The Board has promulgated two forms (Form C-25 & Form C-27 for use by a claimant in asking for modification of an old claim. Form C-27 is to be used when the request for modification is made within seven (7) years from the date of injury or death. Form C-25 is to be used when more than seven years has elapsed. These forms require that a doctor’s report be filed at the same time.

If the Board grants a rehearing, the case will be returned to the trial calendar.

How the employer gets a rehearing – Request for Further Action to Suspend or reduce compensation benefits.
An employer/carrier seeking to suspend or modify benefits where the Board has made an award for permanent partial disability, the following steps must take place:

  1. An application must be made;
  2. Accompanied by supporting evidence;
  3. along with filed proof of service on the claimant, his representative, and his doctor; and

  4. the Board has ruled on the application (i.e., following a hearing). See 12 N.Y.C.R.R. 300.23(c)(1).

There is no “self-help” – the stopping of ordered benefits without court intervention -unless one of the following two conditions are met (1) where supporting evidence demonstrating proof of incarceration upon conviction for a felony; or (2) when the claimant has reached the maximum number of weeks under WCL §15(3)(w). See 12 N.Y.C.R.R. 300.23(c)(2).

The Voluntary withdrawal defense.
Under the New York Workers’ Compensation Law, a claimant who has voluntarily withdrawn from the labor market is not entitled to receive workers’ compensation benefits. The burden of proof of this defense falls upon the employer. For example, if an employer can show that the claimant retired from the workforce, the claim for compensation can be defeated. However, the WCB can find that the claimant’s retirement was not entirely voluntary if the retirement was caused by the injury; in that case the employer will have to pay compensation.

In order to demonstrate attachment to the labor market, the claimant must show:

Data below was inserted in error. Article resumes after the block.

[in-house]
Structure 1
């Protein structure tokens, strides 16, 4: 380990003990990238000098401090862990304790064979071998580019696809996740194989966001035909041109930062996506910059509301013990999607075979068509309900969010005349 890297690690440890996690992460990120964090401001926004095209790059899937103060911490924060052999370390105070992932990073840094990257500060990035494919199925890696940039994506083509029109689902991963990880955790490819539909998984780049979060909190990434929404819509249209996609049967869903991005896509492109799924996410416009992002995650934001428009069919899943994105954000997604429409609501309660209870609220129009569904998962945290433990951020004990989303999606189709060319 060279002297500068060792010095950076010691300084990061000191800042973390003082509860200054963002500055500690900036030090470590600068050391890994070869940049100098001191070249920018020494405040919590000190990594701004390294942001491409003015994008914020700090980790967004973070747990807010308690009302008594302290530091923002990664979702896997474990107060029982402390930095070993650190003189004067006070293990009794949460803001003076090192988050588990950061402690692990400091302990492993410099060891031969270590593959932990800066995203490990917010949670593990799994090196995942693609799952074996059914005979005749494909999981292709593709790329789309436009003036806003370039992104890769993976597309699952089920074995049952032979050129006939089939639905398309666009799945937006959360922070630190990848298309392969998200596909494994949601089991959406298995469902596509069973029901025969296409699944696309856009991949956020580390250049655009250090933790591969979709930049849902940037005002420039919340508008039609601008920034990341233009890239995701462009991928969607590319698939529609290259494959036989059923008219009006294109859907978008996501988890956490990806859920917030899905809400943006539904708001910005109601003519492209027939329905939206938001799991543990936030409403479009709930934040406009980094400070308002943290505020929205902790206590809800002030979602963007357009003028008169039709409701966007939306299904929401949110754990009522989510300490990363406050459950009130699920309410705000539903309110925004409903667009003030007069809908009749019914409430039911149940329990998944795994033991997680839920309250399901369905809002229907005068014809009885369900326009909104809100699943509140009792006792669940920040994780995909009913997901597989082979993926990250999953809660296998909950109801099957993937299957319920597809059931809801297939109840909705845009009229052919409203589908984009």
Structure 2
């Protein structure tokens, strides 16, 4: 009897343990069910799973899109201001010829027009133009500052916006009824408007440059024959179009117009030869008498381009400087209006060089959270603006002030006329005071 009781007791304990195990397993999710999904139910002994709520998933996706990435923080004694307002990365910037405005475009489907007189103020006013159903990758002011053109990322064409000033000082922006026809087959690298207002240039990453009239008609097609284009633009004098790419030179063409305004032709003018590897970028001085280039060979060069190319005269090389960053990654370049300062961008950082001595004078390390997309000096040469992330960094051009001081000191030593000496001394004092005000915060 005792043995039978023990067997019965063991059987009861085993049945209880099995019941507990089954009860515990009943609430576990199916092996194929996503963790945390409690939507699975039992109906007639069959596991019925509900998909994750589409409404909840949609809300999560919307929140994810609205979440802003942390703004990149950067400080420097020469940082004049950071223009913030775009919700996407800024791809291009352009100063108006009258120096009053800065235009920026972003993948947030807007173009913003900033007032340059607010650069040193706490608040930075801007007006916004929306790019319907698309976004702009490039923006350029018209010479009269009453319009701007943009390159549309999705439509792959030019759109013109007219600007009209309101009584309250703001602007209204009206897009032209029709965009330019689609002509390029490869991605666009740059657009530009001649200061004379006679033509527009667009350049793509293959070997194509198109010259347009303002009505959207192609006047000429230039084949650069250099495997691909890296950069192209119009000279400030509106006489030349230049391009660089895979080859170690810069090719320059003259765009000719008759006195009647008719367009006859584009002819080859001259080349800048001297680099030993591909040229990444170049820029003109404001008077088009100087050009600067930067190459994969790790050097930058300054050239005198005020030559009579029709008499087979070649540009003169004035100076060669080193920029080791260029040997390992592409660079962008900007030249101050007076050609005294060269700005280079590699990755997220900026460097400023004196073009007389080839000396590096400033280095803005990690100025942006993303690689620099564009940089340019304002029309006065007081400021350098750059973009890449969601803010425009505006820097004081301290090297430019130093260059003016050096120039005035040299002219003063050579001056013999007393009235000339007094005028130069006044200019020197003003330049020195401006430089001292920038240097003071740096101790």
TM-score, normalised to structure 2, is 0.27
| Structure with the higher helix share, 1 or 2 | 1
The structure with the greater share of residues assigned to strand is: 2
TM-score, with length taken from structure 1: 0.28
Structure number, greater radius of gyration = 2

• the many places they have looked for work within their restrictions AND
  • provide documented evidence of active participation in at least one NYSDOL re-employment service.

“Active Participation” is defined in the case law as

  • calling for an appointment at OneStop or VESID;
  • attending an orientation session;
  • meeting with a One-Stop counselor to develop a resume;
  • registering a resume in the One-Stop system;
  • following up to determine whether there were any job matches; and
  • following up on all job referrals and matches.

The case law instructs that merely signing up for VESID is insufficient; the injured worker must also follow through with all of the additional steps in order to receive Workers’ Compensation benefits.

If the claimant is not working: Zamora.
In Zamora v. New York Neurologic Associates, 19 N.Y.3d 186 (2012) New York’s highest court (“The Court of Appeals”) decided that a claimant must look for “alternative work consistent with his or her physical limitations, or at least show reasonable efforts at finding such work” to “prove to the Board that the cause of his or her reduced income is a disability, rather than unwillingness to work again.”

In reaching its decision on this question, the Board will, of course, consider the circumstances under which claimant originally stopped full-duty work. “If the Board determines that a workers’ compensation claimant has a permanent partial disability and that the claimant retired from his or her job due to that disability, an inference that his or her reduced future earnings resulted from the disability may be drawn.”